So far, police have stuck with warning teens to stay away from drugs altogether. "The extremely tragic consequences associated with this drug use speaks to the dangers of illicit street drugs, regardless of their chemical ingredients," read an RCMP press release following the Paul Band incident. "There is a rather old saying that continues to hold a resounding message, 'Just say no!'."

    But this only goes so far, Mr. Nadelmann warns: teens who have used Ecstasy frequently, with no ill effects (there are likely many; data show Ecstasy use in Western Canada has roughly tripled in the past five years) are unlikely to be much persuaded by Reagan-era platitudes. Some experts note that warnings about particularly dangerous pills in circulation might grab their attention. When overdose clusters appear in Vancouver, usually involving excessively potent heroin, police, emergency responders and clinics don't wait for toxicology reports to get the word out to street users, says David Marsh, a medical director at Vancouver's Coastal Health authority.

    Elsewhere, however, authorities are sometimes so dedicated to the drug war that they will not or cannot consider "harm reduction" strategies, including drug-use safety precautions, Mr. Nadelmann says.

    In Edmonton, police so far have been heartfelt in expressing sympathy for the families of the dead victims, and in pleading with children to stay clean. But until someone warns those children of at least the possibility of dangerous pills being passed off as Ecstasy, Mr. Nadelmann worries there remains a very real chance that Edmonton's bad Ecstasy could lead to more agony yet.

    Kevin Libin
    National Post
    May 1, 2009
  10. Euphoric
    I wrote a journalist who had written an article for an Edmonton paper on the ecstasy deaths. This is what I wrote:

    This was the response:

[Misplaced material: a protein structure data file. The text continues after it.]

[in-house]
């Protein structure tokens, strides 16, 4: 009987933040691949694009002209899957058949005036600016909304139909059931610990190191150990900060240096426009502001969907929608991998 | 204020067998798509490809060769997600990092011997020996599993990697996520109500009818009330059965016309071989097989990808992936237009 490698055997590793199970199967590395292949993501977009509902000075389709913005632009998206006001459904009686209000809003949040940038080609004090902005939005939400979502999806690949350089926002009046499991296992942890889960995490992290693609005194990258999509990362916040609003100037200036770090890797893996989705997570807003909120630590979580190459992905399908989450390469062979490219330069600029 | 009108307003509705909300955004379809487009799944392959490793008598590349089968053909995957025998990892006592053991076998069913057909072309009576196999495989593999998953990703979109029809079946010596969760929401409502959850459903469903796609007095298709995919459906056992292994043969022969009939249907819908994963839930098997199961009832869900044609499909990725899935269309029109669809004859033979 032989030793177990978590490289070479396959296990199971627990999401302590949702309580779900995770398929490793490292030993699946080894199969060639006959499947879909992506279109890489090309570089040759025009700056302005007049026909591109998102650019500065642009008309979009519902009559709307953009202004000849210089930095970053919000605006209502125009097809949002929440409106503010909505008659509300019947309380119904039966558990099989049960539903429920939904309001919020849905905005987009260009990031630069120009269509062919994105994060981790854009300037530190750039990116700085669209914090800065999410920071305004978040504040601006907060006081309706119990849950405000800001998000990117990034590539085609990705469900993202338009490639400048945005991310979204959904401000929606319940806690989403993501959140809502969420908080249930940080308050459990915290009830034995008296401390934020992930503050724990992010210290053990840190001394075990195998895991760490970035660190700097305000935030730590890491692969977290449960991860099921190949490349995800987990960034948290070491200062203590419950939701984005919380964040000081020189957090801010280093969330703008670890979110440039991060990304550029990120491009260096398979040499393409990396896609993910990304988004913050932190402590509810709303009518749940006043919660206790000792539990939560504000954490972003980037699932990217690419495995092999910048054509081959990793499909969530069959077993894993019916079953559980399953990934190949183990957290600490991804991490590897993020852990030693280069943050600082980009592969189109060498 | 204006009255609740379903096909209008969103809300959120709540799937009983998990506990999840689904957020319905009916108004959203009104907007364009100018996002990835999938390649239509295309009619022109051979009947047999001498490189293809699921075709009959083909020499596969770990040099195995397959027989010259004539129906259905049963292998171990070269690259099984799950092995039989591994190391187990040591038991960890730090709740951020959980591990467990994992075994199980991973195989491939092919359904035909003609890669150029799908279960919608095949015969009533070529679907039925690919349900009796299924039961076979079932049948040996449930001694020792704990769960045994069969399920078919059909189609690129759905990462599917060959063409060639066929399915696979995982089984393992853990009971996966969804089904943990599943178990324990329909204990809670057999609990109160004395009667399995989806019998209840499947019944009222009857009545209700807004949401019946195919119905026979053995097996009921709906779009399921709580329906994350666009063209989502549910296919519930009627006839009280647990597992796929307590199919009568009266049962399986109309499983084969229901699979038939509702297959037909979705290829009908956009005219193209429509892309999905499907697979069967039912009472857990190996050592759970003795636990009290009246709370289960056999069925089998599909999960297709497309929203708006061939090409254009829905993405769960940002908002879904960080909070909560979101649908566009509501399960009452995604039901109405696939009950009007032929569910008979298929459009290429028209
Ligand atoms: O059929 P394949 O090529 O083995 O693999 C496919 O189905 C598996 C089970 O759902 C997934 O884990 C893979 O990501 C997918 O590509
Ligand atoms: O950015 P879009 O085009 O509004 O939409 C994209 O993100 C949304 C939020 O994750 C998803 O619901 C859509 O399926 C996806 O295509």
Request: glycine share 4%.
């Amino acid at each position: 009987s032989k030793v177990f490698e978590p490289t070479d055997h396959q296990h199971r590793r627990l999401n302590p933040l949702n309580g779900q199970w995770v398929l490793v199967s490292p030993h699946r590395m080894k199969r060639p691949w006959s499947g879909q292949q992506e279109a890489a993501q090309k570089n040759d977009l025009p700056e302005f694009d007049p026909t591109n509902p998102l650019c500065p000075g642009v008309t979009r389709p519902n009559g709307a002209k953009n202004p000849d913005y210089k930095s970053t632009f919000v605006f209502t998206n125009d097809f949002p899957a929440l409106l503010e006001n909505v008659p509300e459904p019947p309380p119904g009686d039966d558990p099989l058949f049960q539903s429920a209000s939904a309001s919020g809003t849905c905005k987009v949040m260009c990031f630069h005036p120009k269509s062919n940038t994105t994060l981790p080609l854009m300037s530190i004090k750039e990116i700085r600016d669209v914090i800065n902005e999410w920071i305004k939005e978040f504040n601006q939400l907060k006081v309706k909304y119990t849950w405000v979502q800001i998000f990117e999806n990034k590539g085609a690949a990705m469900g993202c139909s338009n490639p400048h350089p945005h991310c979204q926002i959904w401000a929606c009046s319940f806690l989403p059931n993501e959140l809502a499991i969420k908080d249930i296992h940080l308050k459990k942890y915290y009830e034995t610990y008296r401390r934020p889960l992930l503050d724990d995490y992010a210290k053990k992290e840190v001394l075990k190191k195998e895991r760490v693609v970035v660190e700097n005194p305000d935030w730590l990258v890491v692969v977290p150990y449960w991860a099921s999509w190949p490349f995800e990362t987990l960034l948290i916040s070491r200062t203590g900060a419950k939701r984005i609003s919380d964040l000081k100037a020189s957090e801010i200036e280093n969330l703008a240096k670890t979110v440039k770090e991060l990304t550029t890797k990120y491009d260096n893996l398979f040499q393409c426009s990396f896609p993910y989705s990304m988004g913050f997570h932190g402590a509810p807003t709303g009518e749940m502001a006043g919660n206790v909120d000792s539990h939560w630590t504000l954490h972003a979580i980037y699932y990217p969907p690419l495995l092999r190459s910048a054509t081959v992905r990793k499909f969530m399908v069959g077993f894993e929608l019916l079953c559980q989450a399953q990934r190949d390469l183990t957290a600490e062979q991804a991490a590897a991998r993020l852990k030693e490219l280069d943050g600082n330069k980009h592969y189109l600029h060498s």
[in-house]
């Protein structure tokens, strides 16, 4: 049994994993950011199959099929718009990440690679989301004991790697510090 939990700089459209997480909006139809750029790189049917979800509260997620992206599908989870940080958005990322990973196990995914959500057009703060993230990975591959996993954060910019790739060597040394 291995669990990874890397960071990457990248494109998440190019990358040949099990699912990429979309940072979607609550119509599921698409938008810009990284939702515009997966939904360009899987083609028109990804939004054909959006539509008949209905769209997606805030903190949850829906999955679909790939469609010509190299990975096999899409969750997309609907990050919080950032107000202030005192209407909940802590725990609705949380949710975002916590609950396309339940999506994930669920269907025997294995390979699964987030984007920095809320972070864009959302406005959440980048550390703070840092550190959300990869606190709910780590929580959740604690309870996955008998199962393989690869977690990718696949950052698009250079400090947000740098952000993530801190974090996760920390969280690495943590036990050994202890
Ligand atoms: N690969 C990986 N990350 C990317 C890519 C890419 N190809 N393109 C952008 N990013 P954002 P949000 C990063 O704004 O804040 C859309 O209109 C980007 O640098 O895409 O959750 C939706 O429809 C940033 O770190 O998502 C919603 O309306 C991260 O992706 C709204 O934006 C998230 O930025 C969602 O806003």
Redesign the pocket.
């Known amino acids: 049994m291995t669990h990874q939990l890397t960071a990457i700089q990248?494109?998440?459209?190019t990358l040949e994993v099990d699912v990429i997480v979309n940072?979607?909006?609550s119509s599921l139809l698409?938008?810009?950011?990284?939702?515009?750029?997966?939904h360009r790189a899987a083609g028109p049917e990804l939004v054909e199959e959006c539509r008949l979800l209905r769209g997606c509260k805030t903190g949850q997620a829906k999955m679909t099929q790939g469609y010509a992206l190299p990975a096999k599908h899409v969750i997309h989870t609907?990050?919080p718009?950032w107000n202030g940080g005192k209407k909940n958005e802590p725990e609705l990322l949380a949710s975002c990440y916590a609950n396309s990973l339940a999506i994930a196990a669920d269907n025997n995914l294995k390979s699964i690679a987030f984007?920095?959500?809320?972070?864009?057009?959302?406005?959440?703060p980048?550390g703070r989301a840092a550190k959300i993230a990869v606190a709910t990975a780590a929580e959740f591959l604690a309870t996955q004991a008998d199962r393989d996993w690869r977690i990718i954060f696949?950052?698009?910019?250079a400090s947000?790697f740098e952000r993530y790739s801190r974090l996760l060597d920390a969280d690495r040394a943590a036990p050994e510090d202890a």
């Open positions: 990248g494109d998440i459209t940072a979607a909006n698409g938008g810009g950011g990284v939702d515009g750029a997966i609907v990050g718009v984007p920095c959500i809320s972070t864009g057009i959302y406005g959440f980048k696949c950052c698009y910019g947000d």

I don't think I will pester her further and I appreciate that she responded, but I believe police arrested the dealers very soon after in both cases and likely searched their homes. I would think there would be a good chance that this would yield samples of what the girls took. Then again maybe they had a variety of pills laying around or had just sold the last of them.

    Including these Canadian deaths and a recent UK one, it seems a bit odd that all these 'ecstasy' related deaths have been women. Could MDMA, or contaminants or non-MDMA drugs in the pills, pose a greater threat to women? Do women use more frequently, statistically?
  11. sandoz1943
    Keep in mind these were young girls who tend to be small in stature and weigh less than the guys. This could be why more girls are falling ill. Why cant any one say what was on them? Wouldnt this keep others from eating them as well? Why cant anyone say what was in the pills or provide the toxicology reports. Its like they are suppressing the information until the media hysteria is over. Months from now I suspect the will be a tiny back page article revealing this wasnt MDMA at all but that headline isnt as sensational as "Teens Dead From Ecstasy Overdose" is it? There never seems to be a follow up to these stories.
  12. Bojangles
    AFOAF took 6 pills her first time and they were good pills, everyone else was rollin off 1 pill. No one could understand while she wasn't rolling until it was later discovered she was on an SSRI antidepressant, Zoloft and high dose and it was counteracting the XTC. Thank god nothing bad happened to her though. She to this day says she didn't feel anything. So I really wanna know what was in those six pills that killled that girl.
  13. Alfa
    These deaths should be used to promote a national ecstasy testing program similar to what we have in the netherlands. Such program would definately save lives and give the government a good view on whats happening in its country.
    I am quite positive that this lies within reach if someone grasps the oppertunity. All that is needed is to find scientists to make positive statments on the concept and to mobilise the media to pressure politicians into saying yes. I am quite certain that the Dutch program would be willing to proclaim their success in the media.

    I hope someone will read this and take up this idea.
  14. Euphoric
    Can you provide any links to find more info on this program? Is there a formal name for the program?